• Develop good study habits by checking on homework completion from the very start of the year. Students will receive a regular piece of homework once a week - this will be directly relevant to the work that they complete in class.

Curriculum in Year 8

In Year 8, students will move on to a further three core units: Oliver Twist, Romeo and Juliet and Animal Farm. Again, there are three class readers, while the three writing units will focus on character and setting.

How we assess:

Autumn Term Spring Term Summer Term
Overview  Oliver Twist Romeo and Juliet Animal Farm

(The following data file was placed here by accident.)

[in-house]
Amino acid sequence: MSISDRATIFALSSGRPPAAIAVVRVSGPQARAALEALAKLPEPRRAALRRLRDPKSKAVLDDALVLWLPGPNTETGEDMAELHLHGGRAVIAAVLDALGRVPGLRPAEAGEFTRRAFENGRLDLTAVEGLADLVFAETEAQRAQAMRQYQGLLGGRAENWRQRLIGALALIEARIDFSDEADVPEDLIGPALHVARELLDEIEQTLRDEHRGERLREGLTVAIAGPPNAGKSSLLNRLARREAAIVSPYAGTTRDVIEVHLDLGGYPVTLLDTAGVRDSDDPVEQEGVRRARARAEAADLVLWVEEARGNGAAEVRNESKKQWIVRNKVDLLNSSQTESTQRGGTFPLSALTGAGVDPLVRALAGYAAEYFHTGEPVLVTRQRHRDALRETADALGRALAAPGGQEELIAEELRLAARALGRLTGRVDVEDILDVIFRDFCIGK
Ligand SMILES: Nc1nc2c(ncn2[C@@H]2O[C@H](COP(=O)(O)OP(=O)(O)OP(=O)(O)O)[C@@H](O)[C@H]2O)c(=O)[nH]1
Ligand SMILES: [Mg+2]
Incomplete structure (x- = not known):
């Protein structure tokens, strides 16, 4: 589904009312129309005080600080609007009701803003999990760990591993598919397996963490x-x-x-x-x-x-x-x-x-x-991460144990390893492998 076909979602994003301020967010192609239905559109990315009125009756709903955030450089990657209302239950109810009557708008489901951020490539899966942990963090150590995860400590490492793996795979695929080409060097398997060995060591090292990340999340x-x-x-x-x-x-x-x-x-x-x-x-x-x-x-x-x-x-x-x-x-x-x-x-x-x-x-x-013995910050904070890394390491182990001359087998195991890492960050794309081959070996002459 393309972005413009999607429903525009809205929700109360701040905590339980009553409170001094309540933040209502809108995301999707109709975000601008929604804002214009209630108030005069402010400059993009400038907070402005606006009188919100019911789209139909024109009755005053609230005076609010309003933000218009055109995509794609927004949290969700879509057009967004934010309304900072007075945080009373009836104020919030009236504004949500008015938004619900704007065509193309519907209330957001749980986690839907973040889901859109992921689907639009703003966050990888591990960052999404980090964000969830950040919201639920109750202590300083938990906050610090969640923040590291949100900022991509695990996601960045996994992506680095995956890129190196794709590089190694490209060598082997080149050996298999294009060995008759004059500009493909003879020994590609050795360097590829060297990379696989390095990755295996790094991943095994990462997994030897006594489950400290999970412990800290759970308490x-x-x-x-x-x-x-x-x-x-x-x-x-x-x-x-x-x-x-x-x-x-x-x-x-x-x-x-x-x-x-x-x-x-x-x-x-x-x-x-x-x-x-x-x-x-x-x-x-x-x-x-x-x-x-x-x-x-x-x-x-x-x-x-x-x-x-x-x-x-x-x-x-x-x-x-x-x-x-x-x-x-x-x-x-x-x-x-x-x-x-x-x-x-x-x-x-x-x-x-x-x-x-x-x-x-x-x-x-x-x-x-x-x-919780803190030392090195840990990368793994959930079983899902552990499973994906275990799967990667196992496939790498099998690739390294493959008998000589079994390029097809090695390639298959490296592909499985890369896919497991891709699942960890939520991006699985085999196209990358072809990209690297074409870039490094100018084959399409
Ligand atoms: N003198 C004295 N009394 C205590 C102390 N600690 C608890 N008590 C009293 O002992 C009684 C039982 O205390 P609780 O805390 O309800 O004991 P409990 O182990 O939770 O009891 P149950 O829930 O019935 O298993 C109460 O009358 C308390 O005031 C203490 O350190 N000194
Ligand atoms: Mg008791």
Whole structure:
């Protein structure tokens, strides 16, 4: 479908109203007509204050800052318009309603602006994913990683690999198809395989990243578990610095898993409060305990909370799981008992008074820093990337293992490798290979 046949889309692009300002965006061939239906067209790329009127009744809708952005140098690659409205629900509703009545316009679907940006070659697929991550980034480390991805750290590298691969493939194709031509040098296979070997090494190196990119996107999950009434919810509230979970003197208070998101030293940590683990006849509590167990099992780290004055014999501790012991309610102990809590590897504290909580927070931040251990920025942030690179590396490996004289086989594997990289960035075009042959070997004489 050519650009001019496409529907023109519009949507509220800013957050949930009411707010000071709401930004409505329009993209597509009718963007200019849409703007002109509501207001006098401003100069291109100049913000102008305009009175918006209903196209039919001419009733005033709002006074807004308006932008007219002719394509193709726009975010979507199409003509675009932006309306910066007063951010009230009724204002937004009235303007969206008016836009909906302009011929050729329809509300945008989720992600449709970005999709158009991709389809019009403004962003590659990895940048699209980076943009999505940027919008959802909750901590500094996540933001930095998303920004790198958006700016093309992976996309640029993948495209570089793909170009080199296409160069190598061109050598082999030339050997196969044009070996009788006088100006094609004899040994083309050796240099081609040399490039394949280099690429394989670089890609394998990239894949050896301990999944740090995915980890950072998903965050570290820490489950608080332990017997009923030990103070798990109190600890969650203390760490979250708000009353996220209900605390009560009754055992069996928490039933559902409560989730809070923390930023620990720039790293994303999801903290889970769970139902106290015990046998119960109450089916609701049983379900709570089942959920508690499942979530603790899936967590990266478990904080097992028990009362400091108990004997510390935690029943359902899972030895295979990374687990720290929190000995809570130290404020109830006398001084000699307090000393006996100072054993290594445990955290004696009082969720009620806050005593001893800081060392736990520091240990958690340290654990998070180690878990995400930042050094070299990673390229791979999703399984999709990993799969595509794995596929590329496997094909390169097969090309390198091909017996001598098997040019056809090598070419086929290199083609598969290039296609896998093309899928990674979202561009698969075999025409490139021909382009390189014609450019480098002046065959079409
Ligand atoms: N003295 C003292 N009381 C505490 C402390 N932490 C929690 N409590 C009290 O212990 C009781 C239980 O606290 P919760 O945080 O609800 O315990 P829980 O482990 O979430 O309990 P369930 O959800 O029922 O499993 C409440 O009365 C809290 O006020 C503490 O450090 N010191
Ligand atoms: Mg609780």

Content Students will explore the Victorian era and be introduced to the work of Dickens by studying an abridged version of Oliver Twist. Students will read extracts from the original version and analyse the way Dickens uses language to present his characters. This topic will also be used to introduce students to themes such as poverty and betrayal, as well as key vocabulary they will be able to apply to their study of Dickens at KS4. Students will read an abridged version of Romeo and Juliet told through a series of detailed extracts from the original text. Students will continue to develop their analytical skills and become familiar with a variety of methods used by Shakespeare. Students will explore how both characters and themes are presented in the play and use quotations and references to the text to explain their answers. Students will read Animal Farm in full, before going on to study the context, characters and themes in more depth. In this topic students will focus on close word analysis to further their analytical writing. They will write comparatively, examining differences and similarities between characters. Students will become familiar with the concept of an allegory and its purpose.